About the product
Beautiful specimen flowering shrub or small tree for the landscape.
Commonly known as saucer magnolia, is a deciduous hybrid magnolia (M. denudata x M. liliiflora). It is the most commonly grown deciduous magnolia. It is a broad shrub or small tree that typically rises to 6-7 m tall with a rounded crown. It is often grown in a multi-trunked shrubby form.
Fragrant flowers bloom in early spring before the foliage emerges. Flowers are pink with white interiors. Sparse numbers of additional flowers may bloom sporadically later in spring on new growth, but the later flowers are usually less vigorous and less colorful than those of the primary bloom.
Best grown in moist, acidic, organically rich, well-drained loams in full sun to part shade. Generally intolerant of soil extremes (dry or wet). Site in locations protected from strong winds, but avoid southern exposures close to houses where the buds may be induced to open too early in spring. Plants appreciate consistent and regular moisture throughout the year. Best sited in a protected location because early spring frosts can damage flowers.
Genus - Magnolia
Species - soulangeana
Common name - Saucer Magnolia
Pre-Treatment - Required
Hardiness zones - 4 - 9
Height - 6 - 7 m
Spread - 6 - 7 m
Plant type - Small tree or shrub
Vegetation type - Deciduous
Exposure - Sunny or Partial shade
Growth rate - Medium
Soil PH - Acidic
Soil type - Organically rich, well-drained loams
Water requirements - High
Landscape uses - Beautiful specimen flowering shrub or small tree for the landscape.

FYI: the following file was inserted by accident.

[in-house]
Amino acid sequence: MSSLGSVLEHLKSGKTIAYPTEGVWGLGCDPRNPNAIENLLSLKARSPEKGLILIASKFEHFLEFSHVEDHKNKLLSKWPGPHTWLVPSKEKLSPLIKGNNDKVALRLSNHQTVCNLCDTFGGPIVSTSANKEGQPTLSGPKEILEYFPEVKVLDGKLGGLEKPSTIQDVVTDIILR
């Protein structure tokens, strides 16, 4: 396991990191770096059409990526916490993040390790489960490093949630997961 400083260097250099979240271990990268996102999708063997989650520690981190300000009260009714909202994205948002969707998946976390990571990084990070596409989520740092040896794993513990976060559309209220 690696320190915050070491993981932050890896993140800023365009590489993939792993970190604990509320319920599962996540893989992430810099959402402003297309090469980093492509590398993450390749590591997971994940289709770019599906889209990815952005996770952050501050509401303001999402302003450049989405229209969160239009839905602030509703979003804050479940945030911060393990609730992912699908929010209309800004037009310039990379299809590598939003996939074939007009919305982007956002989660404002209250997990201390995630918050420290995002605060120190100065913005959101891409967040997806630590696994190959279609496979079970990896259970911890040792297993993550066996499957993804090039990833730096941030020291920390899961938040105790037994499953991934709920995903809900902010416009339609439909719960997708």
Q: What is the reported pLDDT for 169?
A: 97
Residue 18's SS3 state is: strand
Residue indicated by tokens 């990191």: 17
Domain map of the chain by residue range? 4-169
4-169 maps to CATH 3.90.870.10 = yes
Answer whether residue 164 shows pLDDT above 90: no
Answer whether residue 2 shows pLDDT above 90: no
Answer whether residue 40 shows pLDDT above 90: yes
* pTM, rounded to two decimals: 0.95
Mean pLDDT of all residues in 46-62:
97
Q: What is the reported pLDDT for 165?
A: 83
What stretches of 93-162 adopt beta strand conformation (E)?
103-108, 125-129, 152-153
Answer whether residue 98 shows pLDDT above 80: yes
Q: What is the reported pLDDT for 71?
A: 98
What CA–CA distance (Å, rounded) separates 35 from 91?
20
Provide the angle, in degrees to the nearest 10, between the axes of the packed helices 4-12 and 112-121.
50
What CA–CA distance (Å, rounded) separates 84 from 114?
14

Bloom season - Early spring
Leaf / Flower color - Green / White flushed with purple
1. Start the cold stratification process in the end of the beginning of the year.
2. Place the seeds in a glass bowl and cover with room temperature water. Allow the seeds to soak for a minimum of 24 hours but no longer than 48 hours.
3. Hold a handful of sterile peat planting medium under a running faucet until the peat is soaked. Squeeze most of the water out of the peat, leaving it moist but not soggy. Place the moist peat into a zip-lock plastic bag.
4. Remove the seeds from the bowl of water and rinse them off under clean running water. Place up to three seeds into the plastic bag containing the peat. Use more peat and plastic bags if you want to germinate more than three seeds.
5. Push the seeds into the peat and seal the plastic bag. Shake the bag to distribute the peat so that it covers the seeds completely. The seeds must be buried in the moist peat in order to germinate.
6. Place the sealed bag in the bottom of the refrigerator. This will serve as the cold stratification. The seeds need to be kept at +2-+4 for 60-90 days.
7. Open the plastic bag periodically to make sure the peat is still moist. Add water as needed to restore the moisture.
8. After the process done, sow into well-drained, sandy compost and cover to their own depth with sand or grit. No artificial heat is needed; the seed tray is best left in a cool spot outside and kept moist. Seeds usually germinate in the spring after a chilling in the cold compost, regardless of when they are sown.